Python

NumPy hstack()

The NumPy package in Python has a plethora of useful methods. The NumPy hstack() utility is one well innovative and time-saving solution. We frequently need to combine many matrices into a single array avoiding deleting their values. And this is all accomplished with just 1 piece of code. The hstack() method is used to tackle this issue. The hstack() method is being used to build a single array by stacking the series of input matrices horizontally (i.e. column evenly). Apart from 1-D arrays, in which it concatenates across the first axis, this is equal to combining all along the second axis. Rebuilds arrays that have been partitioned by a split() method. Except for the second axis, the arrays should be identical in form. This method worked well with arrays of up to three dimensions. Within this article, we will be looking at the hstack() function’s working in Spyder 3. Thus, let’s take a fresh start with some examples.

Example 01:

You need to import the NumPy package first in the code with its object as “n” through the keyword “import”. After this, we have to define two NumPy arrays named A1 and A2 with the help of a NumPy array() function. Both the arrays are 2 dimensional here, i.e. 2 columns each. Now, the hstack() function is here to join both the arrays and align them horizontally. So, the first dimensional values of array A1 will be joined with the 1st-dimensional values of array A2. Both the arrays have been passed to the hstack() function of NumPy and saved the concatenated array into new variable A. After this, single arrays have been outputted using the print() method. In last, the concatenated horizontal aligned array is also printed out.

import numpy as n
A1 = n.array([[1, 2], [3, 4]])
A2 = n.array([[5, 6], [7, 8]])
A = n.hstack((A1, A2))
print("Array 1:\n", A1)
print("Array 2:\n", A2)
print("Single Array:\n", A)

After running the code for the hstack() function on NumPy arrays, we have got two single arrays first and then the concatenated string matrix in horizontal alignment as the output below.

Example 02:

Let’s take a look at the hstack() function about how it works on the 1-dimensional array of Numpy. So, the code has been started with the same NumPy library import as “n”. After this, two NumPy arrays have been declared using the NumPy “array()” function and saved to the variables A1 and A2. Both arrays are 1 dimensional, i.e. 1 column. The hstack() function of NumPy is here to take both the single NumPy arrays and concatenate them horizontally. The newly made concatenated array will be saved to the new variable A. The print methods are here to display the single NumPy arrays first and then the concatenated array on the output.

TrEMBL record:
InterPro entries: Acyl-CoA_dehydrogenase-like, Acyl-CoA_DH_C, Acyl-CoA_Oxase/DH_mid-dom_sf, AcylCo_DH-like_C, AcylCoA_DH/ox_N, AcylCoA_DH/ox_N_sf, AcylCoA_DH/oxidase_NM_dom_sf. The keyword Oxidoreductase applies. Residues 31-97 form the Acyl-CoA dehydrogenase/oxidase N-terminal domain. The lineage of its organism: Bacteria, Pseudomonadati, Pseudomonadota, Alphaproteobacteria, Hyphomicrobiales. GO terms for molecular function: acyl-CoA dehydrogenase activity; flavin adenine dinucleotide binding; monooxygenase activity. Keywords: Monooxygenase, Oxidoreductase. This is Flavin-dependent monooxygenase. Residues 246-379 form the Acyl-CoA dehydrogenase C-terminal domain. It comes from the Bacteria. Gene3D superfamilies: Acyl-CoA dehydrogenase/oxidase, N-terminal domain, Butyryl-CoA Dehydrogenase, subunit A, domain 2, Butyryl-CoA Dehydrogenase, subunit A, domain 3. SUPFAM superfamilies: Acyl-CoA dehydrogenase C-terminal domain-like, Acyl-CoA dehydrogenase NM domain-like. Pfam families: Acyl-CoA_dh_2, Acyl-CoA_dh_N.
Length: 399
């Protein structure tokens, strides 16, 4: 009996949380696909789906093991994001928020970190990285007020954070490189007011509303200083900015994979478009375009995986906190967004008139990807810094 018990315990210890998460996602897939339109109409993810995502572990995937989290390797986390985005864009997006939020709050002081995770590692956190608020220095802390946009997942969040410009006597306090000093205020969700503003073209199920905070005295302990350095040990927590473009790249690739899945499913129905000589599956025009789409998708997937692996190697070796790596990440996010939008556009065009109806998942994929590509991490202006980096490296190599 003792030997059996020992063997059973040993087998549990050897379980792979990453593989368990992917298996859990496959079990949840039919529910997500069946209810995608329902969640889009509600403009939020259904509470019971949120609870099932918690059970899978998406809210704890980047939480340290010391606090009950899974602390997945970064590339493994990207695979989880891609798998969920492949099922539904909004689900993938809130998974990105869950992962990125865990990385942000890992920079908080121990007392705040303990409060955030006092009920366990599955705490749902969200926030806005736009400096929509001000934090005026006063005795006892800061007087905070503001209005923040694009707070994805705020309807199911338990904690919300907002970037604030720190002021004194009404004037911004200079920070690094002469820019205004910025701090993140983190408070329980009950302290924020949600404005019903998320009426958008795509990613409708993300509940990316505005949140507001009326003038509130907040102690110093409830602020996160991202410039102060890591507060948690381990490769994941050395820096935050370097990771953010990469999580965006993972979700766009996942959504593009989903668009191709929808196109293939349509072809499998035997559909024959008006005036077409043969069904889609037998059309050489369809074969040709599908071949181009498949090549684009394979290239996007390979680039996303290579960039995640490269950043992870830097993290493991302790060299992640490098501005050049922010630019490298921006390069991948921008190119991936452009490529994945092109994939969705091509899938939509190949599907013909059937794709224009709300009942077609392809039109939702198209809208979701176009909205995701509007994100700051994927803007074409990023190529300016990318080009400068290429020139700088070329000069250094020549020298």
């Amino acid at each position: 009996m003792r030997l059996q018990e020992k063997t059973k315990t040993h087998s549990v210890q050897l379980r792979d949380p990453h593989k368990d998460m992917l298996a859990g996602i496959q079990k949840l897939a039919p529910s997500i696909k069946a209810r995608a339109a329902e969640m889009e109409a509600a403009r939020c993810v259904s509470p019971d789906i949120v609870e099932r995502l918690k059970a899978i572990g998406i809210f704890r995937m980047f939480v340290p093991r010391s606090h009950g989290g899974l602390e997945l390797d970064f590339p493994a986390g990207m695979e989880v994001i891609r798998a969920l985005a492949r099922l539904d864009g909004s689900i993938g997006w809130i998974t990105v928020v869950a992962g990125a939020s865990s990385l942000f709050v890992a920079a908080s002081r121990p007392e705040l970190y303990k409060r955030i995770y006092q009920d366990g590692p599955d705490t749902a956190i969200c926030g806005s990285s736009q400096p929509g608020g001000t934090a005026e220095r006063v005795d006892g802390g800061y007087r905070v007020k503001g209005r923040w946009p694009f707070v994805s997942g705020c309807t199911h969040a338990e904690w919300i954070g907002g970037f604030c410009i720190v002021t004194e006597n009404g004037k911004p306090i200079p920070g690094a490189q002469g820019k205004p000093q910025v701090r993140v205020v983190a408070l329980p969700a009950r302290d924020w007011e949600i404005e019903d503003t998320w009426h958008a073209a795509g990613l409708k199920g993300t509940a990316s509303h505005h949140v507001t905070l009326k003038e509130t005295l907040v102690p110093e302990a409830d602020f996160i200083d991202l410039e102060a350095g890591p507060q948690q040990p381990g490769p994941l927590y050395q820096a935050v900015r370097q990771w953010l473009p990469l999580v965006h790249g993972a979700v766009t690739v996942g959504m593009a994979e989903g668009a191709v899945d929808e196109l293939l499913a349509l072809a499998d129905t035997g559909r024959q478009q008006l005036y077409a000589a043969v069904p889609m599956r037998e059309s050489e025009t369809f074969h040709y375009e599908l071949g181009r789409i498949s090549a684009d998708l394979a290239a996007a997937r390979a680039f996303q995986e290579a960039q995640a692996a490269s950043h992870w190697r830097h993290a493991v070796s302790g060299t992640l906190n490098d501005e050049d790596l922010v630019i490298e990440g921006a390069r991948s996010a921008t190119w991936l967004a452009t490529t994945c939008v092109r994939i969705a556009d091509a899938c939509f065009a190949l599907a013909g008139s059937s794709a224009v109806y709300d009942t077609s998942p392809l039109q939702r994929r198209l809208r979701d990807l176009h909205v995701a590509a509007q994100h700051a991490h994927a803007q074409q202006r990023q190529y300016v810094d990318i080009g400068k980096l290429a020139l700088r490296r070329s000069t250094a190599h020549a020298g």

import numpy as n
A1 = n.array([[1, 2, 3, 4]])
A2 = n.array([[5, 6, 7, 8]])
A = n.hstack((A1, A2))
print("Array 1:", A1)
print("Array 2:", A2)
print("Single Array:", A)

After running this piece of code, both the single arrays have been displayed as it is. After that, the concatenated new array has been displayed horizontally in a single line using the hstack() function in the code.

Example 03:

The hstack() function works not only on integer type Numpy arrays but also on string type arrays. So, we will be looking at the 1-dimensional Numpy arrays concatenation using the hstack(). Therefore, the code has been started with initialising two 1-dimensional arrays using the NumPy’s array() function, taking 1 column string type values. The arrays have been saved to the variables A1 and A2. The hstack() function is called with NumPy object “n” to concatenate A1 and A2 arrays horizontally and save the resultant array to the variable A. This new array A will be displayed on the Spyder 3 output screen with the help of the print function.

import numpy as n
A1 = n.array(('One', 'Two', 'Three'))
A2 = n.array(('Four', 'Five', 'Six'))
A = n.hstack((A1, A2))
print("Horizontal Array:", A)

On running the newly made code of python, we have got the display of horizontally made concatenated array from two 1-dimensional arrays A1 and A2.

Example 04:

Here is the last example of this article today. We have been starting this code with the import of NumPy Library. After that, we have declared and initialized two 3-dimensional Numpy arrays using the “array” function. Both the arrays are of string type and saved to the variables A1 and A2. Here comes the hstack() function taking both the 3-dimensional arrays as an argument to create a single concatenated array of NumPy and save it to the new variable A. The newly made horizontally stacked NumPy array has been outputted using the print() function on the python tool screen.

import numpy as n
A1 = n.array([['One'], ['Two'], ['Three']])
A2 = n.array([['Four'], ['Five'], ['Six']])
A = n.hstack((A1, A2))
print("Horizontal Array:\n", A)

After executing this code, we have got the 3-dimensional horizontally stacked array A.

Conclusion:

Finally! We implemented all the examples related to the hstack() function of python’s NumPy package. We have tried our best to show the working of hstack() on 1-dimensional, 2 dimensional, and 3-dimensional NumPy arrays. We are extremely motivated that our users will find this article as the bundle of all necessary things to understand the horizontal concatenation using the hstack() function.

About the author

Kalsoom Bibi

Hello, I am a freelance writer and usually write for Linux and other technology related content